Getting on has drawbacks.
Ten years in, retirement loses appeal. Siblings and friends are losing their health to a degree that starting a phone call with “How are you going” is not a wise idea. The reply might be a show-stopper.
Even if your own health is no issue, something dark lurks around an increasing number of corners. The shadows of life hide malevolence or violence that seems readier by the day to leap out and claim a hapless geriatric. Luck runs only so far.
The complexity of life has become a really big time-waster. You know the old joke, “at my age, Sonny, I don’t buy green bananas.” Well, paper forms that resemble short stories have been replaced by online forms of equal length, except the recording device – once a simple pen or pencil – has become an expensive computer, tablet , or smart phone, with attendant extortionate monthly data plan, router, infernally perverse WiFi or cable connectivity, apps, spyware, data harvesting, Trojans, popups, ransomware, logins, passwords, authentication SMS, captcha, assorted “are you sure” challenges, that – should you survive the assault on commonsense – lead only to poorly or slickly designed pages of incomprehensibility – and no human expert to ask why oh why and what does it all mean?
That is not my gripe.
What’s most upsetting about aging is one’s friends. We were all firebrands, progressives, anti-establishmentarians, analytical thinkers, certain to gracefully age from wiseacres to the wise. But these old fogy mates of mine are hardening into fascist conservatives or crackpot theorists. Shorten is untrustworthy, Trump is sexy, conservatives are better economic managers, carbon trading is a tax, the post office is hopeless, they’re putting stuff in the water, they’re putting nanomachines in the vaccines…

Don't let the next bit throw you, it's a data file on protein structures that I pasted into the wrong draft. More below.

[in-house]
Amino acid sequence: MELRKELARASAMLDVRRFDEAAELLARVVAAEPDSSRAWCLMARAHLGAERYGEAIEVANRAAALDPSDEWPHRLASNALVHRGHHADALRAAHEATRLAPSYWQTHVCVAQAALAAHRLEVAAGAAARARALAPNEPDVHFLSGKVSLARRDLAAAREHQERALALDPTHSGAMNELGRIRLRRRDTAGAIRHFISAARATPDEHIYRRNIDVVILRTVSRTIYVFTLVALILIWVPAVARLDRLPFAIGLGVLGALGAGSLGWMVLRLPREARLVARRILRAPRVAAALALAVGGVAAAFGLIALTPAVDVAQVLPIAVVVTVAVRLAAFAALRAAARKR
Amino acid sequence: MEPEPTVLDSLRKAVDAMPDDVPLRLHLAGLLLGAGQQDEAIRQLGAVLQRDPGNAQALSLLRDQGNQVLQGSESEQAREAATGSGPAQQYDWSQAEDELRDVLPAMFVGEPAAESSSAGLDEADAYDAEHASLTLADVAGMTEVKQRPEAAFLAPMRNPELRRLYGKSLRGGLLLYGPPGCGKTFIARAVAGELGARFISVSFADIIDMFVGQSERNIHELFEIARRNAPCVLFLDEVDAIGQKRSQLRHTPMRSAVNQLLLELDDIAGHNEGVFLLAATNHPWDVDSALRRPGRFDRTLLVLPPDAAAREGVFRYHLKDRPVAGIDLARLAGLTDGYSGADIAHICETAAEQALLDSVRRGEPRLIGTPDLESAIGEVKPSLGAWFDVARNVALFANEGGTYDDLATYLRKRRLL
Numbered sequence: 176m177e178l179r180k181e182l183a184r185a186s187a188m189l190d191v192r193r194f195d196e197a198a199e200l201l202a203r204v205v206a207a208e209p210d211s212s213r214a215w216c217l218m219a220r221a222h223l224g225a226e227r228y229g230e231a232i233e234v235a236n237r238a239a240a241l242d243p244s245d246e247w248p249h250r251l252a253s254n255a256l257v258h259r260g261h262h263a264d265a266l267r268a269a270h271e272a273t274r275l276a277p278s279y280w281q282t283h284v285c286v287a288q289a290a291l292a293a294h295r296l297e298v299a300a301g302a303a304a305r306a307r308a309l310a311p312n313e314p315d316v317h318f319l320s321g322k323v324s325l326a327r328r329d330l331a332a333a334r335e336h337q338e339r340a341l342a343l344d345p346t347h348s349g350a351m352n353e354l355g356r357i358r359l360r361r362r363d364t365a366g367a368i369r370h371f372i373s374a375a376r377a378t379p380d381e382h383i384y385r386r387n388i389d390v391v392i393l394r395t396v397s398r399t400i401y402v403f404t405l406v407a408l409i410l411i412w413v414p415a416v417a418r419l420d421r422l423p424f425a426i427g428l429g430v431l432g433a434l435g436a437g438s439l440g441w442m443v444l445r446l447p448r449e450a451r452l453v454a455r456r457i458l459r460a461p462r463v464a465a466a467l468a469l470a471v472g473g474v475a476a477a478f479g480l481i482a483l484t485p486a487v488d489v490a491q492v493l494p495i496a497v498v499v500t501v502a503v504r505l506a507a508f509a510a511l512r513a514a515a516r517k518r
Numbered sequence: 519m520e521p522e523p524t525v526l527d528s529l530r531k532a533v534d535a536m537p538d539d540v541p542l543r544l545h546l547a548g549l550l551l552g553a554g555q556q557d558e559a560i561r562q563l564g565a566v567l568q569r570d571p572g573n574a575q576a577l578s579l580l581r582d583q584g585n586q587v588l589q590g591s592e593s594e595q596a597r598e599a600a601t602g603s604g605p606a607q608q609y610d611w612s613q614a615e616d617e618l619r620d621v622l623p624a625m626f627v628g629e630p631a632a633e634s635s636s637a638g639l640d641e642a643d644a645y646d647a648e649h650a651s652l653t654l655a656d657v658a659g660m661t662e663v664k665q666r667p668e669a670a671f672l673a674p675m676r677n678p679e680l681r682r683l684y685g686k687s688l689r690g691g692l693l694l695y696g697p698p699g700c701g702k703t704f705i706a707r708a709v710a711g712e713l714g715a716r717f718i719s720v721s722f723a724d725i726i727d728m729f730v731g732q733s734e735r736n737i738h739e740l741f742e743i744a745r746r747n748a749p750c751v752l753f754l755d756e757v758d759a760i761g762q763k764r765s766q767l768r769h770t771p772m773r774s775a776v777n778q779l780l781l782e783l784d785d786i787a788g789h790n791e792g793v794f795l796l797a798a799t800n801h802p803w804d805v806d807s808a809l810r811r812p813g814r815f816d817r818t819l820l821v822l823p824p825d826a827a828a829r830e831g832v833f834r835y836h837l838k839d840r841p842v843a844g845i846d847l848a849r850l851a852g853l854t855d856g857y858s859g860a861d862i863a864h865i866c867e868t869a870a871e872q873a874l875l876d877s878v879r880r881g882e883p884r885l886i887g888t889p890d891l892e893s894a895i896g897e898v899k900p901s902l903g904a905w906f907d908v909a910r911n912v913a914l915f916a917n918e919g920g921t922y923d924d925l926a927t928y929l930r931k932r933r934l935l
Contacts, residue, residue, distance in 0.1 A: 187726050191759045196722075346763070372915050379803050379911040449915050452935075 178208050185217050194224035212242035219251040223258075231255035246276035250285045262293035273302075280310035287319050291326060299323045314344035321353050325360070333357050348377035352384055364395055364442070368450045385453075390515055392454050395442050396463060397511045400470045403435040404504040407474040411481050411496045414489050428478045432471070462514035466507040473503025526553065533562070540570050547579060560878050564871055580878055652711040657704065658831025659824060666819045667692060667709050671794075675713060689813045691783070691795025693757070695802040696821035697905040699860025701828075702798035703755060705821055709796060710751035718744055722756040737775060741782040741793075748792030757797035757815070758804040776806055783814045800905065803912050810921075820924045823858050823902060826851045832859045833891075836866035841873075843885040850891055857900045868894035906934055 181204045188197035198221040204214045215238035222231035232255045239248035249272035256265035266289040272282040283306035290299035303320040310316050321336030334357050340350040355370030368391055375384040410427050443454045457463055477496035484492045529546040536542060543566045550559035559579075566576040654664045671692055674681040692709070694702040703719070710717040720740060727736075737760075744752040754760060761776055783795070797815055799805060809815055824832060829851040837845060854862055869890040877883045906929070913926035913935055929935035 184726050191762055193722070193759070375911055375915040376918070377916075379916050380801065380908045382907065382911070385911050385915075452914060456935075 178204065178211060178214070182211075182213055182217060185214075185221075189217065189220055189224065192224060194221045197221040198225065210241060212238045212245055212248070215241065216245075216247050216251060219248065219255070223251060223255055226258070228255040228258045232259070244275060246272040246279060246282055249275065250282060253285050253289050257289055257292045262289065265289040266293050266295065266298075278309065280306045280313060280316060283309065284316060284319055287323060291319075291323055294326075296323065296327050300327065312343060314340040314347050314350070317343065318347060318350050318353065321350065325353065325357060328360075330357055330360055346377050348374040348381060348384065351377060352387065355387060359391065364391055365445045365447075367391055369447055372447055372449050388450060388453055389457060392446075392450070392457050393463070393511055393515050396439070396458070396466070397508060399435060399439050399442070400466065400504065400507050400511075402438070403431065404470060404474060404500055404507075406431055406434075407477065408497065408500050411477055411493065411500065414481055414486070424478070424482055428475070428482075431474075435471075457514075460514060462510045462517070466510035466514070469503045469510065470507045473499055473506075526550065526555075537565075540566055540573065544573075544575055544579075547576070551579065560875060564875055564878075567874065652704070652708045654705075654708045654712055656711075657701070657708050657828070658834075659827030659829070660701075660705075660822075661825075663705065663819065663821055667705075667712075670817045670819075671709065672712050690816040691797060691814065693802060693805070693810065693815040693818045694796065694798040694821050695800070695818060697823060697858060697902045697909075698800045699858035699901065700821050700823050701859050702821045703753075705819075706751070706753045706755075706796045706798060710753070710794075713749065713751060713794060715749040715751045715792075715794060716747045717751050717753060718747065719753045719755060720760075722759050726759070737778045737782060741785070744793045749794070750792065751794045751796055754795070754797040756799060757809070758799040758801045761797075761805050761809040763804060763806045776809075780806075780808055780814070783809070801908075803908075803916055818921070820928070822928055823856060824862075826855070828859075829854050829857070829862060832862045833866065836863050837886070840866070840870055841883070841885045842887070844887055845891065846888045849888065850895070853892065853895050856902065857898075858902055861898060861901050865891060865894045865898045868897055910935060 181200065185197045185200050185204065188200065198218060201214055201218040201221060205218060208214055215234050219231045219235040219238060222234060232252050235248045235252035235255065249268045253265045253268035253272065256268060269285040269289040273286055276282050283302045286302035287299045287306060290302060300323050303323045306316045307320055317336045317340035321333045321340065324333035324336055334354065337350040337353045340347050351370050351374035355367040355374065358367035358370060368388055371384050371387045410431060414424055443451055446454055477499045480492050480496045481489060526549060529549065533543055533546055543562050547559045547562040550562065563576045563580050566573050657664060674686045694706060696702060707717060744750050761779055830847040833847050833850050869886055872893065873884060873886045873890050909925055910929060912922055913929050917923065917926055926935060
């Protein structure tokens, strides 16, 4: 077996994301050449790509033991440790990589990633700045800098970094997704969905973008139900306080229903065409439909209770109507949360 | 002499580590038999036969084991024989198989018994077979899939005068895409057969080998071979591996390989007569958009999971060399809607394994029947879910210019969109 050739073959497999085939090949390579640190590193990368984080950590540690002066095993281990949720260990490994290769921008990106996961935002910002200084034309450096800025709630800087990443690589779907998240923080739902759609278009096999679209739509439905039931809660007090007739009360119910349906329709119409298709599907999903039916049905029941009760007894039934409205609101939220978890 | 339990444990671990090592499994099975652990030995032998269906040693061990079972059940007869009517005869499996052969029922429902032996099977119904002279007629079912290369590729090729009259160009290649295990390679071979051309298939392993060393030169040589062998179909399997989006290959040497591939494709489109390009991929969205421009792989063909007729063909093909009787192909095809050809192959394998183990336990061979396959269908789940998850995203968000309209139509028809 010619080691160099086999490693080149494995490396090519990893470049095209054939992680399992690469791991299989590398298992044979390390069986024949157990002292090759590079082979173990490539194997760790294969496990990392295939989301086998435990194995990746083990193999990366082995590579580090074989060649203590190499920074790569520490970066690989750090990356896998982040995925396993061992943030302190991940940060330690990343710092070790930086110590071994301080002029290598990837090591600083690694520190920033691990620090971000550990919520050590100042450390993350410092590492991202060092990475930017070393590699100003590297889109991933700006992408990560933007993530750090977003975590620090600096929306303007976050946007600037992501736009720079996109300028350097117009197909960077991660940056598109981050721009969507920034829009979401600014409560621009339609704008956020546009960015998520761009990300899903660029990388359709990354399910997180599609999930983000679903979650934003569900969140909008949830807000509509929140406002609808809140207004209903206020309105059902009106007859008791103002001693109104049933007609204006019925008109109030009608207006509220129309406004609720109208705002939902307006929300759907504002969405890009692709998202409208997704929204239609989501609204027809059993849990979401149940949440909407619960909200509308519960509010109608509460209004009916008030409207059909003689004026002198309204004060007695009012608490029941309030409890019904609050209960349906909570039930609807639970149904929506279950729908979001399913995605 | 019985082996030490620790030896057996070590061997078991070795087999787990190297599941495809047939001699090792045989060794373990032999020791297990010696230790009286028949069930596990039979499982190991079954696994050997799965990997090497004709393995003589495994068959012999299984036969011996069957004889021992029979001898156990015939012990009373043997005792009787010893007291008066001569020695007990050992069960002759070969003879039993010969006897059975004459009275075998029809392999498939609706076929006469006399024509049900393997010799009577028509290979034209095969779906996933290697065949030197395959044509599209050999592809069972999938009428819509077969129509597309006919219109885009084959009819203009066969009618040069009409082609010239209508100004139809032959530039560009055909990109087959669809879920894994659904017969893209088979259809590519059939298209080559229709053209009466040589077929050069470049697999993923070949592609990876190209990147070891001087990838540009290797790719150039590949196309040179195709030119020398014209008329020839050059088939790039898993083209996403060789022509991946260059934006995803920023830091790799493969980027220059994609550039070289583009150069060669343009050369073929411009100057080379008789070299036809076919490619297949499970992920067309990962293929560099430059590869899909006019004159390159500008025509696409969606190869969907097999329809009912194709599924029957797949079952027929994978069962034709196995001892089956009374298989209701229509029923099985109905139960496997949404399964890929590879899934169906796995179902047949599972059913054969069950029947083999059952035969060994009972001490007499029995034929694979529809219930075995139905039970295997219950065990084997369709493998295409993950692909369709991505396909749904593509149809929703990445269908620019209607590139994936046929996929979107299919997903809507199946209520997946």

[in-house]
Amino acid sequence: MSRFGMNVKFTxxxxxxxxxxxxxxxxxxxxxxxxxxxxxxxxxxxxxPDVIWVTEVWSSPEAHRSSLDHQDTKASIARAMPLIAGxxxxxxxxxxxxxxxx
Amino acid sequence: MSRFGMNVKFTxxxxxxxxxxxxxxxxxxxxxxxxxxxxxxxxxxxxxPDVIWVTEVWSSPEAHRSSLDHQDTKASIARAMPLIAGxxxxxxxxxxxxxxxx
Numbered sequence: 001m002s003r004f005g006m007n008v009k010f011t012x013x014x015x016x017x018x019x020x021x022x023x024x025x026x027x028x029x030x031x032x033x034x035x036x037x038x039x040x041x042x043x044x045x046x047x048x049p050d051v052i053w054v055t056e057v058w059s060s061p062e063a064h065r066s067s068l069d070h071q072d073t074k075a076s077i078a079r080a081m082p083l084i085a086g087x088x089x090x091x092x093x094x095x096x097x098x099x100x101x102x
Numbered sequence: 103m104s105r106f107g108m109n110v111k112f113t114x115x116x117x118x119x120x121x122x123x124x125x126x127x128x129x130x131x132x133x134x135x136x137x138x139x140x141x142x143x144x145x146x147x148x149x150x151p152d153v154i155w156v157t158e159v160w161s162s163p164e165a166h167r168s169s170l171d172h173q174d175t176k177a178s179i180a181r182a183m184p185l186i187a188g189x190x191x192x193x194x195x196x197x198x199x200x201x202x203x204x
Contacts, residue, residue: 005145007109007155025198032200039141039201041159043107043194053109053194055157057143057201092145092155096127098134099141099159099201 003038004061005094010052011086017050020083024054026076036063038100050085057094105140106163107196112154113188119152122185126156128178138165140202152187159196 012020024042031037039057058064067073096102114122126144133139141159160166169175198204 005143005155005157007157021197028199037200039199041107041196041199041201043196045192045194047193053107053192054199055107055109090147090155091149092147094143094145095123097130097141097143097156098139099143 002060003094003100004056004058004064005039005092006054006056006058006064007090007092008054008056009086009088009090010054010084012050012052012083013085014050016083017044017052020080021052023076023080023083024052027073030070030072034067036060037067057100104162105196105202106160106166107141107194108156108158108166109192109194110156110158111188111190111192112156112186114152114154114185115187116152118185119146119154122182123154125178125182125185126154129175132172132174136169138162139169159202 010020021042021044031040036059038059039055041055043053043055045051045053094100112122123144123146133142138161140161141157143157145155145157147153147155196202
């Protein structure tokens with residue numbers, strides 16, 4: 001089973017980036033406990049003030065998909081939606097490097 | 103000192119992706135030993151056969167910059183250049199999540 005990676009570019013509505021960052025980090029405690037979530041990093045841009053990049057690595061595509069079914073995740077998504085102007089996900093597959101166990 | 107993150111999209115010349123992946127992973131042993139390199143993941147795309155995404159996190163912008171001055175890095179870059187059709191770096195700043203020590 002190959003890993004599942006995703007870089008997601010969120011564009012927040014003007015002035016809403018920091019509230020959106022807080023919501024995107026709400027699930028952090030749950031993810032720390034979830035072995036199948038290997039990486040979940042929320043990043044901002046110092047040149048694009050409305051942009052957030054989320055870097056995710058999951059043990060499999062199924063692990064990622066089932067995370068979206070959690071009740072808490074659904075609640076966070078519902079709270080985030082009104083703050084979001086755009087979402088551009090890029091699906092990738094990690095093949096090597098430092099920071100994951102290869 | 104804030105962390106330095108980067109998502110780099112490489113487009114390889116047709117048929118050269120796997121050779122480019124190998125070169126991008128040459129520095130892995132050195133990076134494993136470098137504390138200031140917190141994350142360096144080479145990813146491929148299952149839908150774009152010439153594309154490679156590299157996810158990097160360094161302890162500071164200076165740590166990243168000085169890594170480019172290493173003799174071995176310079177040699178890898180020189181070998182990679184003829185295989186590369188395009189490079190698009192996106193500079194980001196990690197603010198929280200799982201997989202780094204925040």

My cohorts and I grew up in a country where labour had achieved some footing in its eternal class war with kleptocracy. A skilled independent public service, government-owned monopoly utilities, universal health care, Commonwealth Employment Service, TAFE. PMG, aka Post Office and Telecom, CSIRO, CSL.. you know, quasi-socialism. Government for the people. A mutual society writ large. A commonwealth.
And that one, CSL, Commonwealth Serum Laboratories, was on the ramparts fighting transmissible diseases that had plagued us for millennia. National vaccination campaigns eliminated the horrors of polio, tetanus, hepatitis, rubella, measles, whooping cough, mumps, chicken pox, diphtheria, tuberculosis.
The cost of these vaccines was several, or none, in perhaps 100,000 fell ill or died from unintended side-effects of vaccines that, by design, were ‘denatured’ agents of those diseases. A similar number might be killed by a seat belt or strangled by their crash helmet. Yet back then there was no national panic, no currency of alternate facts, subversion of medical advice, anti-vax campaigns, politicisation, employing consultants, fearmongering, not even stupidity. We – the entire nation – just lined up, got injected, and the disease went away.
Life was simple. Vaccines vaccinated.
Image by kind permission of Michael Leunig